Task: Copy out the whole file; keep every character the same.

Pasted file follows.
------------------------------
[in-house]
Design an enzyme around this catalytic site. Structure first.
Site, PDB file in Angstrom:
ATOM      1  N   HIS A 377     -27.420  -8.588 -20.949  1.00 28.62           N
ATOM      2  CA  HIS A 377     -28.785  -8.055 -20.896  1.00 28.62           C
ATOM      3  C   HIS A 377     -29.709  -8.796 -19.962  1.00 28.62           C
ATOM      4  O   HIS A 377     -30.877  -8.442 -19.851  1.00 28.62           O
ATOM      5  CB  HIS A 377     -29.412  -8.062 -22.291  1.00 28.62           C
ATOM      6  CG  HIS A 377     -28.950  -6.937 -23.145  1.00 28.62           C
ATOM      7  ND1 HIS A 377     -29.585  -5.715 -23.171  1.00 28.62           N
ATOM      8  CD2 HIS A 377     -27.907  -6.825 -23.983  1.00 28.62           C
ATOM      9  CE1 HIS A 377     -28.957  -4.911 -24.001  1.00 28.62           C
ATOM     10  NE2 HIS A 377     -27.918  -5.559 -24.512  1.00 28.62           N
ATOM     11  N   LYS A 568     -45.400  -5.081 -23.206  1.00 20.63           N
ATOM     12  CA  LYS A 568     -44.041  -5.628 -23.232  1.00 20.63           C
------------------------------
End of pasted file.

[in-house]
Design an enzyme around this catalytic site. Structure first.
Site, PDB file in Angstrom:
ATOM      1  N   HIS A 377     -27.420  -8.588 -20.949  1.00 28.62           N
ATOM      2  CA  HIS A 377     -28.785  -8.055 -20.896  1.00 28.62           C
ATOM      3  C   HIS A 377     -29.709  -8.796 -19.962  1.00 28.62           C
ATOM      4  O   HIS A 377     -30.877  -8.442 -19.851  1.00 28.62           O
ATOM      5  CB  HIS A 377     -29.412  -8.062 -22.291  1.00 28.62           C
ATOM      6  CG  HIS A 377     -28.950  -6.937 -23.145  1.00 28.62           C
ATOM      7  ND1 HIS A 377     -29.585  -5.715 -23.171  1.00 28.62           N
ATOM      8  CD2 HIS A 377     -27.907  -6.825 -23.983  1.00 28.62           C
ATOM      9  CE1 HIS A 377     -28.957  -4.911 -24.001  1.00 28.62           C
ATOM     10  NE2 HIS A 377     -27.918  -5.559 -24.512  1.00 28.62           N
ATOM     11  N   LYS A 568     -45.400  -5.081 -23.206  1.00 20.63           N
ATOM     12  CA  LYS A 568     -44.041  -5.628 -23.232  1.00 20.63           C